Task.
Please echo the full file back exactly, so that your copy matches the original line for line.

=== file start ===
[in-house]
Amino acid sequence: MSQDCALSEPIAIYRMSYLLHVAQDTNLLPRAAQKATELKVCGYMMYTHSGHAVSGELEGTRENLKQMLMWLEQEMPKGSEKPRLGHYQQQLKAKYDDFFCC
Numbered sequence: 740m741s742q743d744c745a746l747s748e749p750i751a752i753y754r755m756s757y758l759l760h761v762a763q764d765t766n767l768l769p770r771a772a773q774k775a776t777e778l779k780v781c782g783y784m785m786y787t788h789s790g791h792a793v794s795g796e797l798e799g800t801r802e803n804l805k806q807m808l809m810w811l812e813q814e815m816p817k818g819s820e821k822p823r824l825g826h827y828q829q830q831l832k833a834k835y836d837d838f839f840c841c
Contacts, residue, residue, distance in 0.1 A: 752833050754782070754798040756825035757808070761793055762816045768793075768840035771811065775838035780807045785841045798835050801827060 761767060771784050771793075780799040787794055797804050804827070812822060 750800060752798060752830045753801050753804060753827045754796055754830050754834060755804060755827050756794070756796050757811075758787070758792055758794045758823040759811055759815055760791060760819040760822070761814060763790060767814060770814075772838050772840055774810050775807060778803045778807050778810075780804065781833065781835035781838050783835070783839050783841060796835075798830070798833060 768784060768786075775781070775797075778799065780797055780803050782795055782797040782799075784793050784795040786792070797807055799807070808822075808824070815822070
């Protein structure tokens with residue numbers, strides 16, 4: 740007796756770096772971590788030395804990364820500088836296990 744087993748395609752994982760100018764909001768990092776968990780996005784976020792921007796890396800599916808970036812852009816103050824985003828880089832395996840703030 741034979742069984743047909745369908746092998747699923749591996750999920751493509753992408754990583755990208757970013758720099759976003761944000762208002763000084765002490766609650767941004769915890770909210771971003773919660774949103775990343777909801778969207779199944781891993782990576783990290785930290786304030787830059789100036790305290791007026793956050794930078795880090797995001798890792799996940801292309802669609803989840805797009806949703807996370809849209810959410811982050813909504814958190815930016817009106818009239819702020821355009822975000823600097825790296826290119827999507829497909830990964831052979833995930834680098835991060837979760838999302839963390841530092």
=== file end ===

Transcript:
[in-house]
Amino acid sequence: MSQDCALSEPIAIYRMSYLLHVAQDTNLLPRAAQKATELKVCGYMMYTHSGHAVSGELEGTRENLKQMLMWLEQEMPKGSEKPRLGHYQQQLKAKYDDFFCC
Numbered sequence: 740m741s742q743d744c745a746l747s748e749p750i751a752i753y754r755m756s757y758l759l760h761v762a763q764d765t766n767l768l769p770r771a772a773q774k775a776t777e778l779k780v781c782g783y784m785m786y787t788h789s790g791h792a793v794s795g796e797l798e799g800t801r802e803n804l805k806q807m808l809m810w811l812e813q814e815m816p817k818g819s820e821k822p823r824l825g826h827y828q829q830q831l832k833a834k835y836d837d838f839f840c841c
Contacts, residue, residue, distance in 0.1 A: 752833050754782070754798040756825035757808070761793055762816045768793075768840035771811065775838035780807045785841045798835050801827060 761767060771784050771793075780799040787794055797804050804827070812822060 750800060752798060752830045753801050753804060753827045754796055754830050754834060755804060755827050756794070756796050757811075758787070758792055758794045758823040759811055759815055760791060760819040760822070761814060763790060767814060770814075772838050772840055774810050775807060778803045778807050778810075780804065781833065781835035781838050783835070783839050783841060796835075798830070798833060 768784060768786075775781070775797075778799065780797055780803050782795055782797040782799075784793050784795040786792070797807055799807070808822075808824070815822070
């Protein structure tokens with residue numbers, strides 16, 4: 740007796756770096772971590788030395804990364820500088836296990 744087993748395609752994982760100018764909001768990092776968990780996005784976020792921007796890396800599916808970036812852009816103050824985003828880089832395996840703030 741034979742069984743047909745369908746092998747699923749591996750999920751493509753992408754990583755990208757970013758720099759976003761944000762208002763000084765002490766609650767941004769915890770909210771971003773919660774949103775990343777909801778969207779199944781891993782990576783990290785930290786304030787830059789100036790305290791007026793956050794930078795880090797995001798890792799996940801292309802669609803989840805797009806949703807996370809849209810959410811982050813909504814958190815930016817009106818009239819702020821355009822975000823600097825790296826290119827999507829497909830990964831052979833995930834680098835991060837979760838999302839963390841530092």